Improving diets with wild and cultivated biodiversity from across the landscape
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This paper examines the literature on how biodiversity contributes to improved and diversified diets in developing countries. We assess the current state of evidence on how wild and cultivated biodiversity in all forms is related to healthy diets and nutrition, and examine how economic factors, knowledge and social norms interact with availability of biodiversity to influence both production and consumption choices. The paper identifies areas where evidence is lacking and ways to build synergies between nutrition-sensitive approaches and efforts to ensure sustainability of food systems and the natural environment.
KeywordsAgrobiodiversity Wild food Landscape Fish Nutrition Dietary diversity
There is growing commitment to nutrition-sensitive approaches in agriculture (Pinstrup-Andersen 2013a, b; Ruel and Alderman 2013; Herforth and Dufour 2013). While much of the current research and dialogue acknowledges the importance of agriculture for nutrition, there is relatively little emphasis on the role of biodiversity in food and agricultural systems (Frison et al. 2011; Heywood 2013; Hunter and Fanzo 2013). The growing attention to the sustainability of diets and food systems highlights the need for greater attention to the role of biodiversity (Sunderland 2011; Macdiarmid et al. 2012; Burlingame and Dernini 2012; Macdiarmid 2013; Hunter and Fanzo 2013). Ensuring sustainability and resilience is arguably one of the most important roles that biodiversity plays within the food system (Johns and Sthapit 2004; Toledo and Burlingame 2006; Frison et al. 2011; Vinceti et al. 2013; Sunderland et al. 2013; Hunter and Fanzo 2013). In the same way that biodiversity supports ecosystem services, diversity within the food system is likely to be essential for resilience in the face of social, cultural, economic and environmental change (Frison et al. 2011; Johns and Sthapit 2004; Dufour et al. 2014). Moreover, there is increasing evidence that small changes in food environment (the context in which food is procured, prepared and consumed) can have significant impacts on dietary choice (Chadwick et al. 2013). In the context of developing countries, diversity within rural and agricultural landscapes may be an important part of a food environment that supports healthy dietary choices (Jones et al. 2012; Powell et al. 2013a). Biodiversity serves multiple functions within food and agricultural systems. This paper aims to examine one of those functions: whether and how biodiversity can improve diets and nutrition in developing countries.
Biodiversity exists within the food and agricultural system in many forms and at various scales. Diversity within the food system includes: cultivated species and on-farm diversity (crop diversity and agrobiodiversity1) (Harden et al. 2000; Brookfield 2002); and, wild species (which include those used as food directly or as well as wider biodiversity that supports ecosystem services). The dichotomization of wild vs. cultivated food species should be cautioned against; many (if not most) wild species actually fall along a continuum, from wild species under various degrees and types of human management and intervention through to domestication (Bharucha and Pretty 2010). Most landscapes include a diversity of land uses: landscapes including both agricultural and non-agricultural areas are often managed to ensure harvest of wild and cultivated species simultaneously (Anderson 2006; Padoch and Sunderland 2013). Diversity within the food system occurs across multiple scales: from genetic diversity within one species of crop or animal, to species diversity, to ecological diversity across the landscape.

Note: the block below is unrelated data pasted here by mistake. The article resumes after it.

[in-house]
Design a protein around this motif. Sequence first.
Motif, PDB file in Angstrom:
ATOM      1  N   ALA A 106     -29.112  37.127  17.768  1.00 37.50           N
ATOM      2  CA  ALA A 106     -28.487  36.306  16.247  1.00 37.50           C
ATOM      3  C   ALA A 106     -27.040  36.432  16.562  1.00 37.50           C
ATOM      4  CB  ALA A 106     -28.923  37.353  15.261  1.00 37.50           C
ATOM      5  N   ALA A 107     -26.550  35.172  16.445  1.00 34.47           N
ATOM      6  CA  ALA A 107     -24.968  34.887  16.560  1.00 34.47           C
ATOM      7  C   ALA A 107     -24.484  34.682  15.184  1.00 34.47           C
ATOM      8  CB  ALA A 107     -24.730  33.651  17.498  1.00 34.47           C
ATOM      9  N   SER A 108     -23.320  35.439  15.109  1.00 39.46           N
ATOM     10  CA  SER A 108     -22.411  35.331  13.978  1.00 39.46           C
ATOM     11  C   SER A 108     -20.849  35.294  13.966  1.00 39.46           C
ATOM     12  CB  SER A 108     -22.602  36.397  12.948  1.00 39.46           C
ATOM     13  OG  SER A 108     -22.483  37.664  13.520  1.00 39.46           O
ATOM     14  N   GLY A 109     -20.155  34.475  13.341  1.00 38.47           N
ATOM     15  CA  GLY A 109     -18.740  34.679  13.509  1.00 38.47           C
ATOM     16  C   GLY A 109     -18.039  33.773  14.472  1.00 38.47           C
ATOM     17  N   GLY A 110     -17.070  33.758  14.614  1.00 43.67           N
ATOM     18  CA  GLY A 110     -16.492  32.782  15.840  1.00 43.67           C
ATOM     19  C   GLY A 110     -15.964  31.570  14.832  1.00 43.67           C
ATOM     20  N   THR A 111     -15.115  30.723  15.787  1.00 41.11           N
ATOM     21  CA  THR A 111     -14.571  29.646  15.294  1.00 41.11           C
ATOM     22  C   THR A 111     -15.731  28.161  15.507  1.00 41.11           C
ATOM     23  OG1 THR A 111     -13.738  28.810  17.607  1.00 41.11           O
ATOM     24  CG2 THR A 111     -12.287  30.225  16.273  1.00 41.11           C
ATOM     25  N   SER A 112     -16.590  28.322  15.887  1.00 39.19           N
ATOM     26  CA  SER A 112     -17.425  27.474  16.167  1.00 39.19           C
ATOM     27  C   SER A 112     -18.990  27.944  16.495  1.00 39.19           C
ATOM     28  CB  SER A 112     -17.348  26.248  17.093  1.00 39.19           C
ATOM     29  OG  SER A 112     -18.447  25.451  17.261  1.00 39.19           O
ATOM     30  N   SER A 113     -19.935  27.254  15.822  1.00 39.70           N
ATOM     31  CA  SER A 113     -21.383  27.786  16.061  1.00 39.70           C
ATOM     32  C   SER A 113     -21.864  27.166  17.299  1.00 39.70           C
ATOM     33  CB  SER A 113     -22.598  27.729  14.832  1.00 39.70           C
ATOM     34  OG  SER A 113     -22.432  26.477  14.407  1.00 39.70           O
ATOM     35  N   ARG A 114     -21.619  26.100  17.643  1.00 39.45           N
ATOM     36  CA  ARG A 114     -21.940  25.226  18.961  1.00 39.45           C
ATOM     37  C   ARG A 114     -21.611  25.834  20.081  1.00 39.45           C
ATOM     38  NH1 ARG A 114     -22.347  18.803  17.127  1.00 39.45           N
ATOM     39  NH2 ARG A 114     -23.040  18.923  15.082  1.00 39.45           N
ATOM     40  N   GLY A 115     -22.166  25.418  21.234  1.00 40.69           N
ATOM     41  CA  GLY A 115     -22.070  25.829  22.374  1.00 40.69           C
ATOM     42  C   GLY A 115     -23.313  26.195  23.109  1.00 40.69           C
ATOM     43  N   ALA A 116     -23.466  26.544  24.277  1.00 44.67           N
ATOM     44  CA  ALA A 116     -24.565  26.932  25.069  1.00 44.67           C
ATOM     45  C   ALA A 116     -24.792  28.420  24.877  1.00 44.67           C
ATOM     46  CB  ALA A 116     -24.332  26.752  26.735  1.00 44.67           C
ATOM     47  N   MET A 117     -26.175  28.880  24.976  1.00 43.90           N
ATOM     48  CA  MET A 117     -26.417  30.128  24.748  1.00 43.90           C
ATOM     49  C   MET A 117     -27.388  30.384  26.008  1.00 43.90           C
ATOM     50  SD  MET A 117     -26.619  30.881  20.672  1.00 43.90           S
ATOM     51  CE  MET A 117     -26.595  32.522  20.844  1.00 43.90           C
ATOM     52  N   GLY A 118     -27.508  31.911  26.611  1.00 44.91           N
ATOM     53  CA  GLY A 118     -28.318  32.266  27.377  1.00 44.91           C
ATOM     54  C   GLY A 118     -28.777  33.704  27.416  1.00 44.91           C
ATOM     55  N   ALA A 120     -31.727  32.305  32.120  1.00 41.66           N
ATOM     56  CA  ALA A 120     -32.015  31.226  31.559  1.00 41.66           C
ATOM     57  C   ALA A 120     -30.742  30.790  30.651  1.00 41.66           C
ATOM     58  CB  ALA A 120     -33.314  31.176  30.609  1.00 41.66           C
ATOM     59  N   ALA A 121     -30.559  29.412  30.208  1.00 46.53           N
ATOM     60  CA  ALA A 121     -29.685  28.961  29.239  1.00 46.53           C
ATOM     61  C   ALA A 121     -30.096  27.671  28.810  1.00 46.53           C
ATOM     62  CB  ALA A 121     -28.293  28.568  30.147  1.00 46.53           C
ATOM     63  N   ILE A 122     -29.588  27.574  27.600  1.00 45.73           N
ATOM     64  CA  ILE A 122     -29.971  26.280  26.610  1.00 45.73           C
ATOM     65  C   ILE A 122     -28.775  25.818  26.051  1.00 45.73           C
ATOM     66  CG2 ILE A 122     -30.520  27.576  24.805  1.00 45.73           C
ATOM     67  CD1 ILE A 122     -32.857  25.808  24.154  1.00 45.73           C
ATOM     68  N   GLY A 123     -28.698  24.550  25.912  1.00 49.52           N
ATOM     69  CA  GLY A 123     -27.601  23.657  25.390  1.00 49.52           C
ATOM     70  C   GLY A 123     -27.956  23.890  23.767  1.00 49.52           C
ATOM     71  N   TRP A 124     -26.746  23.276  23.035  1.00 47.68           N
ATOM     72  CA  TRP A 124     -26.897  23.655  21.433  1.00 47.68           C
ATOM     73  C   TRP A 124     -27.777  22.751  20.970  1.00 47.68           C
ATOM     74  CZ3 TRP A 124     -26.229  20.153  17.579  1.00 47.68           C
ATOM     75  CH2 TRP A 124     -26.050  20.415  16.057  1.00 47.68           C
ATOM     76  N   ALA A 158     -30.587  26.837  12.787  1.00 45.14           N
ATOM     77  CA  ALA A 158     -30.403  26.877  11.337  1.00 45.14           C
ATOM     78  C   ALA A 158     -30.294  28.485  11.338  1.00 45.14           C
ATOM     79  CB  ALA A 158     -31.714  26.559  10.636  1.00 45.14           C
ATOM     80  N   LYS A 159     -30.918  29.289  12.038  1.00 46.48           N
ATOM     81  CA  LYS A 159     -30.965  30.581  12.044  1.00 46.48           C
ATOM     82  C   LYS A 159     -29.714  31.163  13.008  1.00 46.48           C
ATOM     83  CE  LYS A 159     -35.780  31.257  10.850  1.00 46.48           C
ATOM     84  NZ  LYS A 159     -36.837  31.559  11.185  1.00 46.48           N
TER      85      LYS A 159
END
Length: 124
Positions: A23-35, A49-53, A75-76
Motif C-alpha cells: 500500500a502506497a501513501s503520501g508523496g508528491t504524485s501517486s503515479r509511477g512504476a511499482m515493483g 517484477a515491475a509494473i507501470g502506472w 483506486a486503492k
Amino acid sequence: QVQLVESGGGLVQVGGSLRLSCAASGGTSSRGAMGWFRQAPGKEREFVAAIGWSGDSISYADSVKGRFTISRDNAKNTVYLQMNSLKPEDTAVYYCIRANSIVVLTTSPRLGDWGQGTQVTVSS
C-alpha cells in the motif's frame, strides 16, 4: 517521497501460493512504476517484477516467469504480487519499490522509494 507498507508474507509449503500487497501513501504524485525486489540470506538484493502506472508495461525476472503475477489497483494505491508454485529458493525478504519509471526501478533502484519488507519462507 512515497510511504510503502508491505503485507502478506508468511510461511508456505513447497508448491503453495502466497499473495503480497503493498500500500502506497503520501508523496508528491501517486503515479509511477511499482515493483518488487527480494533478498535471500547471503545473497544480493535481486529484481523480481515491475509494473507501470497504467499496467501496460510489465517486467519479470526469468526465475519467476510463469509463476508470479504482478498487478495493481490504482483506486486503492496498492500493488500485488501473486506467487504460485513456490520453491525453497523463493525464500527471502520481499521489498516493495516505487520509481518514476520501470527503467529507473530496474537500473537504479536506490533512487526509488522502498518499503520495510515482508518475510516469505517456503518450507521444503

For the main review sections of the paper, we conducted searches on Google scholar and Web of Science.2 Because the literature on this topic is scattered across diverse disciplines (including nutrition, nutritional ecology, anthropology, agriculture, fisheries and aquaculture and forestry) we also drew on our professional networks and collective knowledge to identify papers that were not identified using key word searches. Additionally, we identified key journals and other sources where we expected to find information not identified using other search methods and we reviewed the table of contents and abstracts from these going back to the 1970s (e.g. Human Ecology and Ecology of Food and Nutrition). Finally, we reviewed the reference lists of previous papers and reviews (e.g. Penafiel et al. 2011). We focused on primary research from low- and middle-income countries that examined relationships between various aspects of diversity within the agricultural system and landscape and measures of diet or nutrition.
The majority of studies identified in this review used measures of diet or dietary quality (including intake of key nutrients, dietary diversity and consumption of micronutrient-rich foods). Dietary diversity was one of the most common outcome measures used. Dietary diversity is defined as the number of either food items or food groups consumed by an individual or household in a given period and is proposed as an aspect of a healthy diet (Ruel 2003). Theoretically, greater dietary diversity increases the likelihood of consuming adequate amounts of all food components essential to health (Gibson et al. 2000; Wahlqvist 2005; Johns and Sthapit 2004). Evidence linking dietary diversity to energy and micronutrient adequacy, and to child growth is now well established (Ruel 2003; Arimond and Ruel 2004; Arimond et al. 2010; Kennedy et al. 2011). Most papers followed recent guidelines, which suggest the use of a Dietary Diversity Score (DDS) that includes between 6 and 14 food groups (FAO and FANTA 2007; Kennedy et al. 2011). Intake of under-consumed, nutritionally-important food groups such as fruits and vegetables (Hall et al. 2009; Boeing et al. 2012; WHO and FAO 2004; Siegel et al. 2014) and animal source foods (ASFs) (Murphy and Allen 2003) was also commonly used by studies identified in this review.